In our garage a newly hatched swallow is learning to fly. It is scrabbling on the lip of an archive box, one of many containing old Welfare State documents. Twittering on the telephone wires above swallow parents search anxiously. It is a handy symbol of recurring patterns and generational evolution. Throughout our heart stopping journey we have scrabbled from one perch to another constantly learning or re learning to assert a new position.
Yesterday a new assertion was realised in tangible form. In the sixties when we were consciously seeking “an alternative, an entertainment and a way of life” the drama critic Lee Baxandall recognized the revolutionary role of theatre and performance and its contribution to a collective consciousness. In 1968 he wrote about ‘the performative’ seeping into everyday life, identifying it as ‘the dramaturgy of radical activity’ *
Stanley, a college friend from Guyana whom I have known for over 45 years has come to stay with Leila his new partner. They asked us to organise a betrothal ceremony for them so yesterday at 5 am just before sunrise I was under the wheel barrow spraying WD 40 onto a squeaky wheel. We didn’t want to wake the neighbours as the four of us set off across the sands with our load of ceremonial paraphernalia: ten small silk flags, laminated poems, a picnic hamper with fresh coffee, Bayjun Special Reserve Rum, warm croissants and accordion. Stanley was up late the night before carving the marking stick from a length of seasoned chestnut. He carried this and the rings while Leila picked fresh flowers.
At the West edge of The Rock, they face the dawn sky and the turning tide. Using the sacred stick they draw in the sand a large central heart with two adjacent diamonds. Meanwhile we place the flags to form a semi circle behind them. As we wait for the sun to rise we are rewarded by a honking fly past of wild geese. After Sue sings a welcoming blessing ( Gibran’s “Breaths’” ) and I read my betrothal poem, the couple step individually into their diamonds, to read two of Stanley’s poems Then entering the heart together they exchange rings, make vows and in duet sing the first verse of “Drink to me only with thine eyes”.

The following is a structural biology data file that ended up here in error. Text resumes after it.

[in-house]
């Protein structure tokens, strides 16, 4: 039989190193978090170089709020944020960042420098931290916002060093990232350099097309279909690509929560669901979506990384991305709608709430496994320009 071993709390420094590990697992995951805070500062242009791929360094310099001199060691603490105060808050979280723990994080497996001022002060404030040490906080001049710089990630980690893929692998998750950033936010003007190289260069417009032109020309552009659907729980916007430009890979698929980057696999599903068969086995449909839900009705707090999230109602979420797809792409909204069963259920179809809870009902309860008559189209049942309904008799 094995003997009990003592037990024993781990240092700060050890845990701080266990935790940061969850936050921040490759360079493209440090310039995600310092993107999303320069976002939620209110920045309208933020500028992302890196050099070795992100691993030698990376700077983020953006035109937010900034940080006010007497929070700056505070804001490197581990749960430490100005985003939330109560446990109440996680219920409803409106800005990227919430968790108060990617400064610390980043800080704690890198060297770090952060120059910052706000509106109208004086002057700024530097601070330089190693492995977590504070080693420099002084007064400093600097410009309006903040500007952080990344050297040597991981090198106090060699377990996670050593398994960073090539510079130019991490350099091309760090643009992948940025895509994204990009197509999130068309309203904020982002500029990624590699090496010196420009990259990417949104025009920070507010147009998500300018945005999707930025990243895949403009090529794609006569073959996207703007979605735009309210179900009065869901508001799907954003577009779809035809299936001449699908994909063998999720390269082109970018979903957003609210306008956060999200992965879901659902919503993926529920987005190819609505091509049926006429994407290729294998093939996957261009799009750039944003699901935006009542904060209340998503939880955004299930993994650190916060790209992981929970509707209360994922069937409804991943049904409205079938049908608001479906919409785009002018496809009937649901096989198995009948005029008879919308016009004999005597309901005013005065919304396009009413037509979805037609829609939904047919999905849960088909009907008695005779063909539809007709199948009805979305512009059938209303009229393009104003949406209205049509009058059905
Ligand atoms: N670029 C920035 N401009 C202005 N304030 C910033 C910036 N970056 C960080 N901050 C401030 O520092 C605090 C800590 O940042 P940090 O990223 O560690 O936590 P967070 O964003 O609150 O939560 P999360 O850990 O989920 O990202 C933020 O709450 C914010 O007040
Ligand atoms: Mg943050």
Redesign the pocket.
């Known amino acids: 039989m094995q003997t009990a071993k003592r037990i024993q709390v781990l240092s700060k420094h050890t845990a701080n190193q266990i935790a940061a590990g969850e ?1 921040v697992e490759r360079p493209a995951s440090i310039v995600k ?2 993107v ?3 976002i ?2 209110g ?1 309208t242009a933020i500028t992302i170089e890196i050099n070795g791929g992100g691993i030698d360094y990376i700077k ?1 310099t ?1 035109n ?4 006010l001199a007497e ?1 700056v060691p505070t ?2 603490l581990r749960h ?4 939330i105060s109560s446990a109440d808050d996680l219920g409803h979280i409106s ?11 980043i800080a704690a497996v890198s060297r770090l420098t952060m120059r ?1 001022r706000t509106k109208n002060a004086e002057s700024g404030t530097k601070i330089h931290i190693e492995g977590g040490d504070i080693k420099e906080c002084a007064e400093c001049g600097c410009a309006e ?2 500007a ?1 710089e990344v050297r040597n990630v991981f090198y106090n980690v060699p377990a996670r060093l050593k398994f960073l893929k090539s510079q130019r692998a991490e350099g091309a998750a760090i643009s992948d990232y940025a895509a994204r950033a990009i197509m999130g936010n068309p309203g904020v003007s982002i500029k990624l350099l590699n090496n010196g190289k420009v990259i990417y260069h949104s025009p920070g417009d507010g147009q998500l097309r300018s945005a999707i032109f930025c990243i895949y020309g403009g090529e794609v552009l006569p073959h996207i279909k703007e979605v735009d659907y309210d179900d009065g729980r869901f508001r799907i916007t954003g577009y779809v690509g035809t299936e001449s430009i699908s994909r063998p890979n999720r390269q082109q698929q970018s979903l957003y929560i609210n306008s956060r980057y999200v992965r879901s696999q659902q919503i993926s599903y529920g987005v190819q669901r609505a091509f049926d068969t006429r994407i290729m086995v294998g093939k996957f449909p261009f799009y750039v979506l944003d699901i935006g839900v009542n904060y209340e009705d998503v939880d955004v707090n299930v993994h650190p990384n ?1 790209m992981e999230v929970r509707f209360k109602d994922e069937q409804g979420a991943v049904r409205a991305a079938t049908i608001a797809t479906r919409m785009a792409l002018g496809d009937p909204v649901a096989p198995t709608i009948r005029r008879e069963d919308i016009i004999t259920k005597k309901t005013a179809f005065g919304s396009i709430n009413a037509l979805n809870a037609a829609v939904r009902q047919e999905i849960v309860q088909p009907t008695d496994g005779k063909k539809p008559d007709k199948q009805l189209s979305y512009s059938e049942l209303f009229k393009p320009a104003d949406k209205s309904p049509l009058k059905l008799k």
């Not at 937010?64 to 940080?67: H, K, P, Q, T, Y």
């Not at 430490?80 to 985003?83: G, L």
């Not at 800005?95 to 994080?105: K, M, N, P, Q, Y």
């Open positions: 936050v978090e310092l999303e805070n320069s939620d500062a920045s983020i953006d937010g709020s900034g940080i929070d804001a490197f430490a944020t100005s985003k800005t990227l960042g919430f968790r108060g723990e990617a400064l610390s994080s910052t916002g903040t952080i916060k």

Finally they scatter petals in the small lagoon round The Rock. We make toasts (with too much excellent rum ) drink coffee and play the Westmorland Waltz. As it fades away and the couple finish their first waltz together we gabble joyously and meaningfully while the sun emerges in full monty.
Back home feasting begins with brown eggs from Brow Edge and Gloucester Old Spot bacon. In the evening it continues with a glowing gathering of family and friends. Against the turquoise dusk our silk canopy on the seaward side of the deck fluoresced into a patchwork jamboree. As an offering to the bride to be, Naomi, our son’s pregnant partner, threaded 40 grey oystercatcher feathers to dangle from a Japanese parasol. Rueben 7 made a tepee centrepiece for the table. He joined bronze soldering rods with red insulating tape and threaded this little cone with emerald green ferns which sang against the crimson tape. Grandaughter Rosa 5 drew a goodwill card, a gift, a spidery parade of travelling lovers and was engulfed in warm thank you hugs from Leila.
A brazier of oak logs and a charcoal barbeque infused us (eventually) with sweet smoke. Stanley had asked for the occasion to be witnessed by our extended family so on the kitchen table we looped a video of the dawn ceremony. We wined and dined on local chicken and toasted our futures with fine French champagne. Drawing on our fiddles, drums, trombone, guitars, and melodeon we conjured up flamenco, diddley -dido English barn dances and Jamaican calypsos to dance and sing to in a wayward cornucopia of musical styles.